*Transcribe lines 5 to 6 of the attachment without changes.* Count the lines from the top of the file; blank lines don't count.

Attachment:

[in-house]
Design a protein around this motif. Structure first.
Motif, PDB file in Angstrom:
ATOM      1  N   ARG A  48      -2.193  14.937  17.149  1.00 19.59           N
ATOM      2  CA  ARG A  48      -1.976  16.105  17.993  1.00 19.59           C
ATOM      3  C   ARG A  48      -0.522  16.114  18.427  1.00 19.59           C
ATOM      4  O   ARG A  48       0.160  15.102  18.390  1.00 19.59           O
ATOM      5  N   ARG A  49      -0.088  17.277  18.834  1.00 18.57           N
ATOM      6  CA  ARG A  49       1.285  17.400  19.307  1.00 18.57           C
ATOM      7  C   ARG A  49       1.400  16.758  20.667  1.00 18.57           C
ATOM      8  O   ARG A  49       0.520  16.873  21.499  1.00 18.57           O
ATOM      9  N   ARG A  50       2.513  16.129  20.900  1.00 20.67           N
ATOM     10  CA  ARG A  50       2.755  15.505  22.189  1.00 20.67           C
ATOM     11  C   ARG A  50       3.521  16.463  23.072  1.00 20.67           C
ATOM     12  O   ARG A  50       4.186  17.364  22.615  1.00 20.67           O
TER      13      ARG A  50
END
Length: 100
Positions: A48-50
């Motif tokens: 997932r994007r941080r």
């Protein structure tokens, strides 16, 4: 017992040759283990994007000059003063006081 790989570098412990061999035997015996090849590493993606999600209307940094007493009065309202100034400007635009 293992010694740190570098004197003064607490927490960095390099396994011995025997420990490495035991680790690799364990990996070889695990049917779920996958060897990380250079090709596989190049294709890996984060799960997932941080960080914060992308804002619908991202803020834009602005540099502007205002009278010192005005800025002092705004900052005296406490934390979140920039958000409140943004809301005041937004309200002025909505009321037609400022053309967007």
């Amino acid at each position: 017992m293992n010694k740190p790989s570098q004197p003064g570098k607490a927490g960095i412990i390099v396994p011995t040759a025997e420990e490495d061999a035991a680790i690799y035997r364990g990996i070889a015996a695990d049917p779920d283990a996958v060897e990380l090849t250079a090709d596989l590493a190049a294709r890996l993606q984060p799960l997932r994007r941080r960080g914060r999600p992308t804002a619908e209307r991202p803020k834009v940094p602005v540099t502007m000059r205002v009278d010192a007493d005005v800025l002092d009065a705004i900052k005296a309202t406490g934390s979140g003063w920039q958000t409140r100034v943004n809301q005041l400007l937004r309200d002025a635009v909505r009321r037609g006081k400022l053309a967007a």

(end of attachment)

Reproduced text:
ATOM      2  CA  ARG A  48      -1.976  16.105  17.993  1.00 19.59           C
ATOM      3  C   ARG A  48      -0.522  16.114  18.427  1.00 19.59           C